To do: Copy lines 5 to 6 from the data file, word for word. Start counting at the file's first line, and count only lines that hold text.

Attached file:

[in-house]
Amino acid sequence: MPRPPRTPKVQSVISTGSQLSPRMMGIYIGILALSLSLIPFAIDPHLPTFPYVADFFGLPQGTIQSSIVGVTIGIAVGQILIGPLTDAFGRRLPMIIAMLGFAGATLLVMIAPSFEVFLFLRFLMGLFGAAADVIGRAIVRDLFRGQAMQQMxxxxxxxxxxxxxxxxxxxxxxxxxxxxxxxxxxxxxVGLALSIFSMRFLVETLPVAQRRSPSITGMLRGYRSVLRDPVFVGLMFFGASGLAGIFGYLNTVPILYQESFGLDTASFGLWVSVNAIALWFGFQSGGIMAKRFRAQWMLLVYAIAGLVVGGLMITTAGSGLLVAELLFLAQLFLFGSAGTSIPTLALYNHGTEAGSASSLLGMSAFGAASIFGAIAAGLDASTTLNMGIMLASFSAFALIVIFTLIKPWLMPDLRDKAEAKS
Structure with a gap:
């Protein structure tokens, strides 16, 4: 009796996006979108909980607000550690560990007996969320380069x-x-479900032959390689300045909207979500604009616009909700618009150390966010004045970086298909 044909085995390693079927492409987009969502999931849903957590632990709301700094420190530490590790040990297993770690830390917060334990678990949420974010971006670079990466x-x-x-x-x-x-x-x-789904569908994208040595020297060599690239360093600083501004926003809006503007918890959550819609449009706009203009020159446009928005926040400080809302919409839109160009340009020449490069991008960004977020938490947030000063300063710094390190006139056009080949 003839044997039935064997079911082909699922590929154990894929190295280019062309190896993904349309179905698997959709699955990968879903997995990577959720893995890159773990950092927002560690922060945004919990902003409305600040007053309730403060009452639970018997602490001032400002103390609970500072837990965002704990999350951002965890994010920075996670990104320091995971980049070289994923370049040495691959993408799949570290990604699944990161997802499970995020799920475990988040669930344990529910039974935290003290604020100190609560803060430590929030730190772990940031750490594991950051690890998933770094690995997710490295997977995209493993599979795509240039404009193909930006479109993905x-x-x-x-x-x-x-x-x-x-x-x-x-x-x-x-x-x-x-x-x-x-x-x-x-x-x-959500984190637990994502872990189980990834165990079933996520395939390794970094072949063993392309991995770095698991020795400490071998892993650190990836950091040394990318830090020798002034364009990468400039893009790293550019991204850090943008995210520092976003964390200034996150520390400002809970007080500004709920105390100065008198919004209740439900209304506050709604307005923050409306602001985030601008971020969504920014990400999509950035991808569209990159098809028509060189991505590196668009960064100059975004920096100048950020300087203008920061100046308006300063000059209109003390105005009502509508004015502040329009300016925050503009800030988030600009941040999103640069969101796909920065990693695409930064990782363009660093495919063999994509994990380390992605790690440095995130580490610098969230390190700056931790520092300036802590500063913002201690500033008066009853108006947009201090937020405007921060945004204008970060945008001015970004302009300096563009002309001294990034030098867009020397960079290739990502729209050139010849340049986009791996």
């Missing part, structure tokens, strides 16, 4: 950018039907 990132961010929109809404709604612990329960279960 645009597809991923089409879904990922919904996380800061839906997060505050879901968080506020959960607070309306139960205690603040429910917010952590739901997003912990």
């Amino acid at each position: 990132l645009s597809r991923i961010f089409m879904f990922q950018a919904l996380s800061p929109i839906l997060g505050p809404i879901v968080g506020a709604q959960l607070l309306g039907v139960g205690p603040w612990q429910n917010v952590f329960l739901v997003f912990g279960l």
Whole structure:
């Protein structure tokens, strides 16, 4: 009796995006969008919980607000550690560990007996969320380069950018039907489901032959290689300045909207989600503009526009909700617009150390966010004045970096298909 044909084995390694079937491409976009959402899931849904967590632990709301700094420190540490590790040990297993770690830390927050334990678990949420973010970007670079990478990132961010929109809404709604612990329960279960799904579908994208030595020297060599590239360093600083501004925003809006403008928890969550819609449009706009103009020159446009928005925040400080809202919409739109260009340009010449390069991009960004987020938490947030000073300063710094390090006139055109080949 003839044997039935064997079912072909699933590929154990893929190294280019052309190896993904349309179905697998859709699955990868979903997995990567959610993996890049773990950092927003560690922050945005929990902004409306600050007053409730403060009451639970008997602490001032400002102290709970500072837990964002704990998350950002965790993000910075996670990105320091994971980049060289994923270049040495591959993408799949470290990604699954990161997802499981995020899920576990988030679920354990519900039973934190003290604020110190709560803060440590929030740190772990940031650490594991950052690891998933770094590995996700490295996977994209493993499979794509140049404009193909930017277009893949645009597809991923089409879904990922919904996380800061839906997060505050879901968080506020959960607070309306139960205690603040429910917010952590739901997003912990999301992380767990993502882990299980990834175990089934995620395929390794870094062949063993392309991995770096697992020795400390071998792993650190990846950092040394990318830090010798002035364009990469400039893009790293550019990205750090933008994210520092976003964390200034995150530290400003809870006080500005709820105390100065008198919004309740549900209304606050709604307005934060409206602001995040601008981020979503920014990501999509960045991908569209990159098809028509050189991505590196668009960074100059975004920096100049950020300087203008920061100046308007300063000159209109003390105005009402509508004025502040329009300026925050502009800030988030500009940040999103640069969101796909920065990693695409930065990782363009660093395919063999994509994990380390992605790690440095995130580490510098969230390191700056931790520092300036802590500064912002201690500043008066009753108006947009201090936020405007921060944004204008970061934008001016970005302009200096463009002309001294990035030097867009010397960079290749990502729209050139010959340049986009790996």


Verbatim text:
């Missing part, structure tokens, strides 16, 4: 950018039907 990132961010929109809404709604612990329960279960 645009597809991923089409879904990922919904996380800061839906997060505050879901968080506020959960607070309306139960205690603040429910917010952590739901997003912990």
């Amino acid at each position: 990132l645009s597809r991923i961010f089409m879904f990922q950018a919904l996380s800061p929109i839906l997060g505050p809404i879901v968080g506020a709604q959960l607070l309306g039907v139960g205690p603040w612990q429910n917010v952590f329960l739901v997003f912990g279960l």